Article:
Harris Teeter confirms it's exploring sale of company

Chain may be bought by rival or private equity firm; local shoppers voice dismay

By Ely Portillo

As Matthews-based Harris Teeter confirmed Wednesday that it is exploring a sale of the company, analysts and industry watchers speculated that a private equity fund or rival grocer could buy some or all of the company.

Longtime Harris Teeter shoppers reacted with surprise and dismay.

"We love you, Harris Teeter! Please, please, please don't sell!" read one of the dozens of messages posted on the grocer's Facebook page.

Two private equity firms approached Harris Teeter and "expressed an interest in purchasing the company," the grocer said Wednesday evening in a message posted on its investor relations website. Harris Teeter confirmed that it has retained J.P. Morgan as a financial adviser to explore its options.

Harris Teeter's stock continued to rise Wednesday, closing at $40.72 a share, up 3 percent. That followed a 6.6 percent jump Tuesday. The company's market capitalization Wednesday stood at $2 billion.

Grocery industry analysts are speculating on what might become of the 211-store company, which has two-thirds of its supermarkets in North Carolina.

Jeremy Diamond, a retail analyst based in Baltimore, said in the trade publication Progressive Grocer that he expects a competitor to buy Harris Teeter.

"The company has a solid store base, caters to a higher household income bracket in most of the neighborhoods where it operates, and would have multiple competitors interested in buying the company," Diamond said. He said upscale grocers, including Whole Foods, Wegmans, and Ahold, which operates Giant and Stop & Shop, could buy all or part of Harris Teeter.

Wisconsin-based supermarket analyst David Livingston said he thinks it's more likely a private equity firm might acquire Harris Teeter and sell it piecemeal. "I would expect one of the private equity retail morticians to put the company on life support and sell off all its organs," Livingston said in an email.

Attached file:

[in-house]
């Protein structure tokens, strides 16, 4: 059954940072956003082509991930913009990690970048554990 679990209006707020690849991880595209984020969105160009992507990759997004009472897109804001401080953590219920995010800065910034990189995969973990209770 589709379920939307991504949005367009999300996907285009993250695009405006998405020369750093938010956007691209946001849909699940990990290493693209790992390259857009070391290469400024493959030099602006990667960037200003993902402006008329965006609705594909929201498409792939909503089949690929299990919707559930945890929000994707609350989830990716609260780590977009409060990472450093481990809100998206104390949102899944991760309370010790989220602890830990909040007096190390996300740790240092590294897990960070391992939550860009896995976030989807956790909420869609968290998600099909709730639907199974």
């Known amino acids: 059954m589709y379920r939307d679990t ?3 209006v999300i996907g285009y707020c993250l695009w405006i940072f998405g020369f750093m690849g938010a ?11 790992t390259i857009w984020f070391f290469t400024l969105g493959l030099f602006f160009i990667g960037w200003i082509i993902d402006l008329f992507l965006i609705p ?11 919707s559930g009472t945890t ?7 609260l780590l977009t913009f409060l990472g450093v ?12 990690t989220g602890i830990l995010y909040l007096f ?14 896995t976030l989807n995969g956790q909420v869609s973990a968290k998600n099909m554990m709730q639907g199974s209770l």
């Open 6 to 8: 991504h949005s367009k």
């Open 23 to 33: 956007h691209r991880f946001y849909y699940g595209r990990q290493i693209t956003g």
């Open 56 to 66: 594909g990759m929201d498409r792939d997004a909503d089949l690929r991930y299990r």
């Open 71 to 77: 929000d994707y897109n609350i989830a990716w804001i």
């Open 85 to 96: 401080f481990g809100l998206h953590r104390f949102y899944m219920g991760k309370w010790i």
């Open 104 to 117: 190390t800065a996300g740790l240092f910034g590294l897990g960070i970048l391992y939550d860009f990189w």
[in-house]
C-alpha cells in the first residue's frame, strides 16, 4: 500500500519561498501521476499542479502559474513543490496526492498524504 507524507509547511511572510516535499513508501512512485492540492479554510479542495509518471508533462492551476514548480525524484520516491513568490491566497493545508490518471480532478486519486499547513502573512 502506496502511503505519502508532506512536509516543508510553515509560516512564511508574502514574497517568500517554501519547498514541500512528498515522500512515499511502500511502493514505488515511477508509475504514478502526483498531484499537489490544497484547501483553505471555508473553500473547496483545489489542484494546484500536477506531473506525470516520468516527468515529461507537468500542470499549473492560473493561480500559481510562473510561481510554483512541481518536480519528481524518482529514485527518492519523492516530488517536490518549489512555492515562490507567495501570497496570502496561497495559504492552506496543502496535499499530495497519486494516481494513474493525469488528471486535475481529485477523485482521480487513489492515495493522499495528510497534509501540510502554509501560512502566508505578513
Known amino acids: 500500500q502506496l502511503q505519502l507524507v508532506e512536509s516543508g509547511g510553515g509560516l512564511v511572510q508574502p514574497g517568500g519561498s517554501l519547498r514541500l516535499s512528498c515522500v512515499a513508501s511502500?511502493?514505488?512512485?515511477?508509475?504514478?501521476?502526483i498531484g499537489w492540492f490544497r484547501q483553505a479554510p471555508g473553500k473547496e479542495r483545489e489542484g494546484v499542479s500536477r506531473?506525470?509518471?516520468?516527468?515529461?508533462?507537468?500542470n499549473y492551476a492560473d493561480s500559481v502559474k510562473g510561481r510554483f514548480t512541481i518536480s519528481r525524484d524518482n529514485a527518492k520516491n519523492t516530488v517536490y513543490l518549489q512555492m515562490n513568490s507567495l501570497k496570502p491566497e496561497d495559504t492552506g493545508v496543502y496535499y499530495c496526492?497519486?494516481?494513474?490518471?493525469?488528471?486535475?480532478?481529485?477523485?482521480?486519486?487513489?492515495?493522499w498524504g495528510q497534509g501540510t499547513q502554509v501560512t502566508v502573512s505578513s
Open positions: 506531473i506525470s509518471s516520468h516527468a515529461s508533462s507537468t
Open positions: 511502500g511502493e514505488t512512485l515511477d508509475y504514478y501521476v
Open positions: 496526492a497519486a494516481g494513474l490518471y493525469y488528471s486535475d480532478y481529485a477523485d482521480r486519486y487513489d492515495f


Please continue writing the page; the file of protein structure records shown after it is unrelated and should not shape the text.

He doubted a competitor such as Publix or Kroger would buy Harris Teeter whole. Publix, Livingston pointed out, is a privately held company whose employees hold stock. The Florida-based grocer owns more than 1,000 stores and almost $28 billion in sales. Livingston said Publix's size and its distinctive culture might make it tough to absorb a completely different chain such as Harris Teeter.

Cincinnati-based Kroger, which has 2,435 supermarkets and $90 billion in sales, has only 16 stores in North Carolina, and none in Charlotte since it left the market more than two decades ago. But Livingston said the company has experienced difficulty buying other chains in the past, and he doesn't expect it to buy Harris Teeter.

The competitive environment in Charlotte has become more intense, Livingston noted. Wal-Mart is opening new stand-alone grocery stores and hitting Harris Teeter with a direct price-challenge advertising campaign. And Publix is starting a new Charlotte division, with its first North Carolina store in Ballantyne opening next year.

"Over the past five to 10 years, we have seen Food Lion, Winn-Dixie, Albertsons, and Bi-Lo close stores by the bushel when they have to compete against a Wal-Mart-Publix combo," said Livingston.

Although Harris Teeter was founded in 1960 as a combination of two family companies, 93 percent of its 49.5 million shares are now held by institutional investors. The largest single shareholder is Neuberger Berman, a New York-based asset management firm, with more than 12 percent of the shares. A representative from the firm declined to comment Wednesday.

The company's management and board of directors own about 2.6 percent of Harris Teeter's stock.

Not all analysts believe a sale is inevitable. Charles Ceranosky of Northcoast Research said he considers Harris Teeter a well-run company that could still thrive.

"I don't think it's inevitable," said Ceranosky. "I think Harris Teeter can certainly stand on its own as a regional retailer."

But since Harris Teeter is a public company, it will be obligated to entertain any credible offers that come forward to purchase the company. "Often, these deals are driven by what a buyer wants to do," Ceranosky said.

The outcome is sure to be closely watched by the company's thousands of local workers at its dozens of regional stores, distribution centers and Matthews headquarters and by loyal shoppers.

"Harris Teeter has been my store since it was Harris Supermarket back in the '50s," said Iris Davis, who has lived in east Charlotte with her husband for more than 50 years. "I just trust their food."

So, what will she do if the stores are sold?

"I guess I'll just have to stop eating," she joked.

Staff Writer Celeste Smith contributed.